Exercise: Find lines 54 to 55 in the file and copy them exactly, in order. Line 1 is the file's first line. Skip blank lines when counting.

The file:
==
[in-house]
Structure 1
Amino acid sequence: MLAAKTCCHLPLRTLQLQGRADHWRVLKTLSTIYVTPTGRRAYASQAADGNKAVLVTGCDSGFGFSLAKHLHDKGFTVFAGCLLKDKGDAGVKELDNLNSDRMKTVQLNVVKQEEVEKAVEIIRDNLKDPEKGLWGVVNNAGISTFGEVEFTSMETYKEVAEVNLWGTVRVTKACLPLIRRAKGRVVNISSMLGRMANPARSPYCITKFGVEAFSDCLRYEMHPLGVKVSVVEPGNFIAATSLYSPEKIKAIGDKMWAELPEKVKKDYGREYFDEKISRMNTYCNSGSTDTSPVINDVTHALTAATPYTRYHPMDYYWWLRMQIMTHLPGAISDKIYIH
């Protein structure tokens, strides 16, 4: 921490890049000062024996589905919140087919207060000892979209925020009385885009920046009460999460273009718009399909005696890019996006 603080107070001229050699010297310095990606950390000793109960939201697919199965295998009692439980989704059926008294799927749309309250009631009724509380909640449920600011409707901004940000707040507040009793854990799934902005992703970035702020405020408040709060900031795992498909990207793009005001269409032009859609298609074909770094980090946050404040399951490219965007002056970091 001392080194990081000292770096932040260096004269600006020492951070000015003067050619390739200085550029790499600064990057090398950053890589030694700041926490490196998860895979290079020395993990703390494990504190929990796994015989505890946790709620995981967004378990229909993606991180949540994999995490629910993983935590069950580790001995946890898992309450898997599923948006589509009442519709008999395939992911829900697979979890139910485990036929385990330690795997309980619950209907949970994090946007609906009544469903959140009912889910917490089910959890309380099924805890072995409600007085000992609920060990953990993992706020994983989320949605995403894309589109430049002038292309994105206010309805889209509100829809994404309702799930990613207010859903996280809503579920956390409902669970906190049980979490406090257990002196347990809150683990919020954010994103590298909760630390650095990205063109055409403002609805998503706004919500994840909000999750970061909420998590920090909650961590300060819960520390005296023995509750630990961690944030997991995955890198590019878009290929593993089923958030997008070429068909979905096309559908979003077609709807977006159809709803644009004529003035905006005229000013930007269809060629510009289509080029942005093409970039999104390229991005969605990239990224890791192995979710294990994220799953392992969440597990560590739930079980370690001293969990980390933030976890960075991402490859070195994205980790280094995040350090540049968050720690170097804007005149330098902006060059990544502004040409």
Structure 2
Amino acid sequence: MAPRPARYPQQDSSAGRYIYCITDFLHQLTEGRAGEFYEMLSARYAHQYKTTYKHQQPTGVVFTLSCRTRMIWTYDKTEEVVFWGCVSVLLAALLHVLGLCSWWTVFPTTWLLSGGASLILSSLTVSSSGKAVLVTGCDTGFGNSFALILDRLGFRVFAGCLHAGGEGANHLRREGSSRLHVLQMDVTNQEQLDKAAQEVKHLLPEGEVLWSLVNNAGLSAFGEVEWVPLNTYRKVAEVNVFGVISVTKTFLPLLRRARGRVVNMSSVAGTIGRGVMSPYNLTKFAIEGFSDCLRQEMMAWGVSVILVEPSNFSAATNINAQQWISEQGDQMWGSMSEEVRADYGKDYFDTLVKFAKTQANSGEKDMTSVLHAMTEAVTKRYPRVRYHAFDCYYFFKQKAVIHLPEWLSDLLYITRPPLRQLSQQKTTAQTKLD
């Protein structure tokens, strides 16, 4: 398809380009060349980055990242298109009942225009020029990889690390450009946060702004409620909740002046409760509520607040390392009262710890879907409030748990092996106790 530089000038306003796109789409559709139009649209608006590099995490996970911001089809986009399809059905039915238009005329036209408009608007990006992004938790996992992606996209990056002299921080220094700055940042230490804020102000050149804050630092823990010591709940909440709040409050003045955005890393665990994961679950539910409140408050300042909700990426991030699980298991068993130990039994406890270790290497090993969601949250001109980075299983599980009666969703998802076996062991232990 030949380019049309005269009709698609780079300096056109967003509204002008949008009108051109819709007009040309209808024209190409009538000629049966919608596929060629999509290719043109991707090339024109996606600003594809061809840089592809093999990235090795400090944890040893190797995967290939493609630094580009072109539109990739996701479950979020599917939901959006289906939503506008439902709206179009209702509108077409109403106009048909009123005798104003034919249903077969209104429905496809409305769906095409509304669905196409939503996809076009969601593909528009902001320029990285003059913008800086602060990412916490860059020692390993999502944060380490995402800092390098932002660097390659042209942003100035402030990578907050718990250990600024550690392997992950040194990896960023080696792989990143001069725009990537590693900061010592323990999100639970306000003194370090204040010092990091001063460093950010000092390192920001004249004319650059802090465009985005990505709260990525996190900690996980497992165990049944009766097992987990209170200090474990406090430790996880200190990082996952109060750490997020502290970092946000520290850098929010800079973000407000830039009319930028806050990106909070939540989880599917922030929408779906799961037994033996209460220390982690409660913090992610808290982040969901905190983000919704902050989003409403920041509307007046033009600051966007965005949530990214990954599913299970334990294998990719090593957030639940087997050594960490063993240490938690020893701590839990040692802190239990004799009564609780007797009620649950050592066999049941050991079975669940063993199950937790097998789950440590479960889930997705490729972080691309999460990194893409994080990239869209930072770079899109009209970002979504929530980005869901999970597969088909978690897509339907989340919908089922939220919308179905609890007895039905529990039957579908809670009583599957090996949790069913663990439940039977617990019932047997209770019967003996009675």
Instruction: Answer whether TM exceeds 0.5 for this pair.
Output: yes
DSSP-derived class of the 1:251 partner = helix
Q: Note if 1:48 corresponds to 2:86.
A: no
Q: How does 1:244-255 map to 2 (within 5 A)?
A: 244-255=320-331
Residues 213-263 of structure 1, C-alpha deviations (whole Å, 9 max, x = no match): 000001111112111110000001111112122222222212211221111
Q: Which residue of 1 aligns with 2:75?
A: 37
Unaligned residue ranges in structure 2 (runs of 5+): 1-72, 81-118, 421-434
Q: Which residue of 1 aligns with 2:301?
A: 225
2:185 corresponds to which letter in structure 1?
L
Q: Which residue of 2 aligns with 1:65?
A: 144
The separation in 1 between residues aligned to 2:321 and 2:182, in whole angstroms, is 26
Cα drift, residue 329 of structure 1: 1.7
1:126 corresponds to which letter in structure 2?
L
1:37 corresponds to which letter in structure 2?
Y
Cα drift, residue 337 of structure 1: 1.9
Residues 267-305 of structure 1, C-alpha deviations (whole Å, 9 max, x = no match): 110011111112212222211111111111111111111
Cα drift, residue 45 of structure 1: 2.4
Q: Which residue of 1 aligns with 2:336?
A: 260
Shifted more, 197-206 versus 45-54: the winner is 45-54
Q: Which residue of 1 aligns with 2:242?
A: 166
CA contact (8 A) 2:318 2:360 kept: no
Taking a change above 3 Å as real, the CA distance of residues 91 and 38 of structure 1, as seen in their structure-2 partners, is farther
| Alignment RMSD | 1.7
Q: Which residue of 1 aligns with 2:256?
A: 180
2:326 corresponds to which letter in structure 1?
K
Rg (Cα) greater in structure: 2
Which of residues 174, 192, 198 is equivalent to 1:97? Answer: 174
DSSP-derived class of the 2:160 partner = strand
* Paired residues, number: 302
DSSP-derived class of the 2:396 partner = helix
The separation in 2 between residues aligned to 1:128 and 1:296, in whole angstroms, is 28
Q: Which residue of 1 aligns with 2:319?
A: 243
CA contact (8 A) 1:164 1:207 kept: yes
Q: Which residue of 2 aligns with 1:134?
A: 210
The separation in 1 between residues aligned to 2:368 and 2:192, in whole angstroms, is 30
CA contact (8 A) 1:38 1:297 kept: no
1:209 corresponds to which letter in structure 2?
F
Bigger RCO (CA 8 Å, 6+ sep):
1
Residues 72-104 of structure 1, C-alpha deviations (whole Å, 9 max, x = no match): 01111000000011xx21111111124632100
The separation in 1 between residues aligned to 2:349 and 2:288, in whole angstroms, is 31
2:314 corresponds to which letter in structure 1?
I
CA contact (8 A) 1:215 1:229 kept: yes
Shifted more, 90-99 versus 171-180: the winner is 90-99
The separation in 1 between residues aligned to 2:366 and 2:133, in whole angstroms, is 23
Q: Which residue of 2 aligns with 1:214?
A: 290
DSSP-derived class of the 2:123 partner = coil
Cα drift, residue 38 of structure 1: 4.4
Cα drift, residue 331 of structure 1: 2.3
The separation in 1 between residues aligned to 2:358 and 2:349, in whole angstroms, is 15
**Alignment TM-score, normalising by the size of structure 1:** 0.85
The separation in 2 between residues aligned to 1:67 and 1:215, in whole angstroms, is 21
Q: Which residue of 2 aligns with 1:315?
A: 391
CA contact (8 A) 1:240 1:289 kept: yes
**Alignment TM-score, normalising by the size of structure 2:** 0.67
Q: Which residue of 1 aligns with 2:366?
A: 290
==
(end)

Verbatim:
CA contact (8 A) 1:164 1:207 kept: yes
Q: Which residue of 2 aligns with 1:134?